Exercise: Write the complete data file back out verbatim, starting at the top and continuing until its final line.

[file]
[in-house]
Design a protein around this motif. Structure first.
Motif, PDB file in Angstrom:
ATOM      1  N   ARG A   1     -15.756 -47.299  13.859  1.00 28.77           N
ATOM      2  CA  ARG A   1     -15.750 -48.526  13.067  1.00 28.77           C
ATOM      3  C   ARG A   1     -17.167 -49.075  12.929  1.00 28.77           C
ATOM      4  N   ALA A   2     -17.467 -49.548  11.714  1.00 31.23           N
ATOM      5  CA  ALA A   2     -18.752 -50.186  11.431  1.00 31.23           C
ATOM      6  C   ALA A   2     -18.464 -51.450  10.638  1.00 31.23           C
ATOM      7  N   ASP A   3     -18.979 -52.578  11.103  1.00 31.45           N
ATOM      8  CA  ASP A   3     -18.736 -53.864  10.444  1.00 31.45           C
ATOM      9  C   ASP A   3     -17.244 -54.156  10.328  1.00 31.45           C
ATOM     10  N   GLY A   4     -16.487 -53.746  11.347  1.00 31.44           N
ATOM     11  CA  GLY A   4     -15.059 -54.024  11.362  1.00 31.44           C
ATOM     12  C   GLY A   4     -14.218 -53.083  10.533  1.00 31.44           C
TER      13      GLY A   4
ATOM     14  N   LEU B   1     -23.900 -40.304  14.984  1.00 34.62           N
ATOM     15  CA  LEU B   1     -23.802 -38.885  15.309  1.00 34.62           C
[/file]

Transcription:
[in-house]
Design a protein around this motif. Structure first.
Motif, PDB file in Angstrom:
ATOM      1  N   ARG A   1     -15.756 -47.299  13.859  1.00 28.77           N
ATOM      2  CA  ARG A   1     -15.750 -48.526  13.067  1.00 28.77           C
ATOM      3  C   ARG A   1     -17.167 -49.075  12.929  1.00 28.77           C
ATOM      4  N   ALA A   2     -17.467 -49.548  11.714  1.00 31.23           N
ATOM      5  CA  ALA A   2     -18.752 -50.186  11.431  1.00 31.23           C
ATOM      6  C   ALA A   2     -18.464 -51.450  10.638  1.00 31.23           C
ATOM      7  N   ASP A   3     -18.979 -52.578  11.103  1.00 31.45           N
ATOM      8  CA  ASP A   3     -18.736 -53.864  10.444  1.00 31.45           C
ATOM      9  C   ASP A   3     -17.244 -54.156  10.328  1.00 31.45           C
ATOM     10  N   GLY A   4     -16.487 -53.746  11.347  1.00 31.44           N
ATOM     11  CA  GLY A   4     -15.059 -54.024  11.362  1.00 31.44           C
ATOM     12  C   GLY A   4     -14.218 -53.083  10.533  1.00 31.44           C
TER      13      GLY A   4
ATOM     14  N   LEU B   1     -23.900 -40.304  14.984  1.00 34.62           N
ATOM     15  CA  LEU B   1     -23.802 -38.885  15.309  1.00 34.62           C